Climbing Mount Everest, Two Miles At A Time

(Photo: Rod Marquez)

By Neil Shirley

It was just shy of 8pm, completely dark and a pack of coyotes were howling somewhere not too far from me. I was at the bottom of the 2.1-mile, 758-foot climb that I had spent every daylight hour on, plus a few more nighttime hours this particular day. That ascent would be number 39, and the final one needed to accomplish my goal of figuratively climbing Mount Everest, ascending 29,029 feet in a single ride.

The chosen climb for our Everesting attempt.

Two months before this, an idea had popped into my head. Some might call it an epiphany, but in reality it was probably just another way for me to justify an over-the-top day on the bike. The idea was to do an Everesting attempt while combining it with a fundraising element. For those that don’t know what Everesting is, it is climbing the equivalent of Mount Everest (29,029 feet) in a single ride, on a single climb. Up, down, up, down, up, down, over and over again. Sounds ludicrous, right? So ludicrous that I figured it would be the ideal way to draw attention to a fundraising campaign.

It’s 5:58am and almost go time!

After putting the word out about the event, it wasn’t long before there were a couple takers to join me for the entire Everesting attempt, while many others committed to jumping in for their own climbing challenge, be it 5,000, 10,000, or 15,000 feet. Regardless of the climbing goal, we would all be on the same stretch of road, seeing and motivating each other lap after lap. A few riders decided to host their own events under the Going Up–Climbing For A Cause banner on the same day in different locations: Las Vegas, Santa Monica Mountains, and Boulder all would have people doing climbing repeats that day.

While in Zambia back in ’09, I personally witnessed the work that World Bicycle Relief does for a community and the impact it makes.

World Bicycle Relief was the organization I decided to fundraise for because I’ve seen firsthand the impact they’ve made. Back in 2009, when I was still racing professionally, the team I rode for became involved with WBR through John Kelly of Kelly Benefit Strategies, our team sponsor. WBR works in a number of countries to provide bikes to school children and healthcare workers so they can improve mobility and efficiency. Three teammates and I made the trip to Zambia that year and saw the bikes we helped purchase delivered to kids that would otherwise not be able to stay in school due to the significant distance between school and their houses. Without automobiles in many rural African communities, walking was the only other option. In families where a child received a bike to use for school, on the weekends, it was typical for a parent to use the bike to haul produce, milk, or an animal to the market. Seeing how one, $147 bicycle could improve the lives of an entire family so dramatically made me a believer in the program’s significant impact.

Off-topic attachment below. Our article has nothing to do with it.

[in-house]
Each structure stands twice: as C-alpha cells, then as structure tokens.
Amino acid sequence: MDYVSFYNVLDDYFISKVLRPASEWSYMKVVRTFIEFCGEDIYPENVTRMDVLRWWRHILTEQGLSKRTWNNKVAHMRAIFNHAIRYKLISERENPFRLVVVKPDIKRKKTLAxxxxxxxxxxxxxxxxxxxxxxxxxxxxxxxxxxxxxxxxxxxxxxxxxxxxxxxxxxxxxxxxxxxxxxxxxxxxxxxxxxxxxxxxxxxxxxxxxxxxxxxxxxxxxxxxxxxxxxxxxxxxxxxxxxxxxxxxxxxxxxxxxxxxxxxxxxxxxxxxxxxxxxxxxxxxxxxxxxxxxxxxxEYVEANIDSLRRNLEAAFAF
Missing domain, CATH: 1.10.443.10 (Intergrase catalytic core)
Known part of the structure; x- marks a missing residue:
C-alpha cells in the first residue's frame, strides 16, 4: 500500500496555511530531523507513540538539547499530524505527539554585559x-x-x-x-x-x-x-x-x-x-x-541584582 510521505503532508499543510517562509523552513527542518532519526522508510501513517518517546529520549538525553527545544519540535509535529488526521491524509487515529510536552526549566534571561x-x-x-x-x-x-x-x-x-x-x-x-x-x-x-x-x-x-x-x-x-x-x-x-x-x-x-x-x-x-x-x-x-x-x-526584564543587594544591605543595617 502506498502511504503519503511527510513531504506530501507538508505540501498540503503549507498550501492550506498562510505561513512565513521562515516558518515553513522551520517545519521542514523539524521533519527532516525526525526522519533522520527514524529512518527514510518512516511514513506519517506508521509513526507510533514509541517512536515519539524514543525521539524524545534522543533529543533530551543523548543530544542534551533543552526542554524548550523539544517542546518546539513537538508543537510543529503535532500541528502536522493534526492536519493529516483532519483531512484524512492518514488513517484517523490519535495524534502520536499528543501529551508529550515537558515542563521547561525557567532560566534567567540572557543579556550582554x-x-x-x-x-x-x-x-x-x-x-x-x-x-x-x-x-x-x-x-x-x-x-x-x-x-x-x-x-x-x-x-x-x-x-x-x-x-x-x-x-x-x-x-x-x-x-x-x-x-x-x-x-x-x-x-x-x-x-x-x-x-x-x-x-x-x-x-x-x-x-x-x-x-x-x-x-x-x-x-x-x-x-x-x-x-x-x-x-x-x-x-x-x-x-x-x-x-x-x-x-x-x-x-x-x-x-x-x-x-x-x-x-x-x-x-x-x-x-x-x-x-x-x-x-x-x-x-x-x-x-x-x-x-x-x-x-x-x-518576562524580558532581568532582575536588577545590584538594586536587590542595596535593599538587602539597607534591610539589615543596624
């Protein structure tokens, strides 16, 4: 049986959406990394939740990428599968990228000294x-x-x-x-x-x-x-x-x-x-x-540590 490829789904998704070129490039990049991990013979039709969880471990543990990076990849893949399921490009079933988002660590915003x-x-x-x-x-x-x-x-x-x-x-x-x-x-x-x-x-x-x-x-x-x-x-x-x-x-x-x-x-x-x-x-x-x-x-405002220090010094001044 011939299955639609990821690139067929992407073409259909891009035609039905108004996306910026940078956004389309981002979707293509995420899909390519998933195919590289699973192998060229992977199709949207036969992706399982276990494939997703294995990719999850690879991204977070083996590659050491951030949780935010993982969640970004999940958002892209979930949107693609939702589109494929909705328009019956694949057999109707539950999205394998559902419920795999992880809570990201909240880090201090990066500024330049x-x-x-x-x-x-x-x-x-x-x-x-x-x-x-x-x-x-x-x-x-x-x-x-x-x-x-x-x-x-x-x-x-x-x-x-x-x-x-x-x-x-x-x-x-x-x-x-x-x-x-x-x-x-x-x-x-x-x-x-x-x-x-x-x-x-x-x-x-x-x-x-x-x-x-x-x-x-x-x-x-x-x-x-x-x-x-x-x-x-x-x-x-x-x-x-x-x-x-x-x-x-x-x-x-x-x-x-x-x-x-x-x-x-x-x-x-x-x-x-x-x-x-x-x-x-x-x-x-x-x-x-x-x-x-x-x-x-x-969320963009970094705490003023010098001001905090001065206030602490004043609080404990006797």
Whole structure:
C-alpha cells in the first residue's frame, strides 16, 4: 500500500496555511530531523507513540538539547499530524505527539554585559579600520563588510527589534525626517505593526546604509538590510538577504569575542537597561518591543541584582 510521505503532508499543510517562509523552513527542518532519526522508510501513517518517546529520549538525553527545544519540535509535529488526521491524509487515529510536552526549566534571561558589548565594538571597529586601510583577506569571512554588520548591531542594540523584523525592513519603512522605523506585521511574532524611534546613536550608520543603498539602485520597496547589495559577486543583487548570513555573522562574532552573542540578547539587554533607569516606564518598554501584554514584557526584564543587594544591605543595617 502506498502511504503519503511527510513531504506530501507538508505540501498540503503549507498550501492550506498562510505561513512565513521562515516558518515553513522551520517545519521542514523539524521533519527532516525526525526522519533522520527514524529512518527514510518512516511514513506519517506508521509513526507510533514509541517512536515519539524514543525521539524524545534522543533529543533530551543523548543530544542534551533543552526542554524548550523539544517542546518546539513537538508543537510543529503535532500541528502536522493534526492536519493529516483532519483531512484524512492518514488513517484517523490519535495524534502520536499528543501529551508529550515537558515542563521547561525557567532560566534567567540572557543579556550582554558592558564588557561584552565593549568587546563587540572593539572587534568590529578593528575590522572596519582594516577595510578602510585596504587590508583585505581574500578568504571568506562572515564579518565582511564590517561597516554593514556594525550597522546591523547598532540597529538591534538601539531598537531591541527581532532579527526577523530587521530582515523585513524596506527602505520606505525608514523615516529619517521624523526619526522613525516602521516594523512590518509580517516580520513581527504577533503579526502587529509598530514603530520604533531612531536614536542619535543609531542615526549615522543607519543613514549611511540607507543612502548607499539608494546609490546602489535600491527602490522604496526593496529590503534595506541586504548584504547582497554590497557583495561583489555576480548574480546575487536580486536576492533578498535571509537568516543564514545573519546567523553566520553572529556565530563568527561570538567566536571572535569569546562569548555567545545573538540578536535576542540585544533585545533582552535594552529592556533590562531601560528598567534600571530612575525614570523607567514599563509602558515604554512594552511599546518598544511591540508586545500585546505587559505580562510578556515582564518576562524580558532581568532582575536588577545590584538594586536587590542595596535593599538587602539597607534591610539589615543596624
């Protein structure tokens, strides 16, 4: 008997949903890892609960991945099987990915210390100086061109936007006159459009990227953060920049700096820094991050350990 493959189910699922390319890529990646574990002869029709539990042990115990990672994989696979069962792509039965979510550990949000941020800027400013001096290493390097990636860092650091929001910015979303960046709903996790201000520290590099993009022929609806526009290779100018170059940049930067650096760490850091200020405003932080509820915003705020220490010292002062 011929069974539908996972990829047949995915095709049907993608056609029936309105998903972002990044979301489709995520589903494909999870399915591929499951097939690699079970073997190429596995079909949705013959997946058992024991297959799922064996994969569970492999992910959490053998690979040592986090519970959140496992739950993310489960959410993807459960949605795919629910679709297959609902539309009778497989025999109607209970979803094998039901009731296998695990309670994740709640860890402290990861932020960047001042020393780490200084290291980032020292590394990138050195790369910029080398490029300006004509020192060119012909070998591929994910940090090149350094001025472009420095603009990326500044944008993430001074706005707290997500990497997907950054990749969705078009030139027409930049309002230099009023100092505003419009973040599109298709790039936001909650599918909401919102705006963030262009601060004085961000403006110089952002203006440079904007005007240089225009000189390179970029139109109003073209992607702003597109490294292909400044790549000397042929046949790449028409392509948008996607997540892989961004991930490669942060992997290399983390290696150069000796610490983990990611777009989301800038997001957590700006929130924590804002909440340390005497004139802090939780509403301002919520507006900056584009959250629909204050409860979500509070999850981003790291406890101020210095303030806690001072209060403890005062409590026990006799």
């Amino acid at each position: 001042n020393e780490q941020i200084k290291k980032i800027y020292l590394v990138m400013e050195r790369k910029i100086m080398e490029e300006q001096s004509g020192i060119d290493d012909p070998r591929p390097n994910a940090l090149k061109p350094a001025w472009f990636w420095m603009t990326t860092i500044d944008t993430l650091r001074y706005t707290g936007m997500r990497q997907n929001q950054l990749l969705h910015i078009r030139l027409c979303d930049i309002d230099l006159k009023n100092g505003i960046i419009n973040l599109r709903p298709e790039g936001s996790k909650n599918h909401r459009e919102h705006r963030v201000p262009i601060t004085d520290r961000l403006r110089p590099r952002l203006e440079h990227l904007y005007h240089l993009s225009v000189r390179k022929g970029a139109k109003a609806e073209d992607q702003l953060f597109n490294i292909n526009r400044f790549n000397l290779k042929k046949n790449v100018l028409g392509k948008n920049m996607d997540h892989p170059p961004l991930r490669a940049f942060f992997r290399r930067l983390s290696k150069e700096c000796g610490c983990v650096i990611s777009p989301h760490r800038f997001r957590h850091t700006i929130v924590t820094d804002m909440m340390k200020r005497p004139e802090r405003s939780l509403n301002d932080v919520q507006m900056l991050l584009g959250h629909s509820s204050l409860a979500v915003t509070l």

It wasn’t long before we had a large group doing lap after lap. Photo: Mike Fligg

As the weeks ticked by and the November 21st date approached it finally dawned on me what I had committed myself to. In order to reach the 29,029 feet in elevation on the 7-percent climb chosen, 170 miles would need to be covered. So, not only would this be the third longest ride I had ever done, it would also be double the most climbing I had ever done in a day. Yikes!

Having a group to ride with definitely helped combat the 20mph Santa Ana winds that were coming head-on at us up the climb.

At 6am, six of us rolled out into the day’s first light and the start of lap one. Within 30 minutes our group was 20 strong, while a handful of other riders found their ideal pace in a solo effort. By 9am there were at least 50 riders going up and down the 2.1-mile climb–I was astounded with the turnout of riders in the community wanting to take part.

We had 50 riders on the course at one point thanks to an outpouring of local support. Santa Clarita Velo were out in numbers and logging some impressive elevation gain. Photo: Richard Hiraga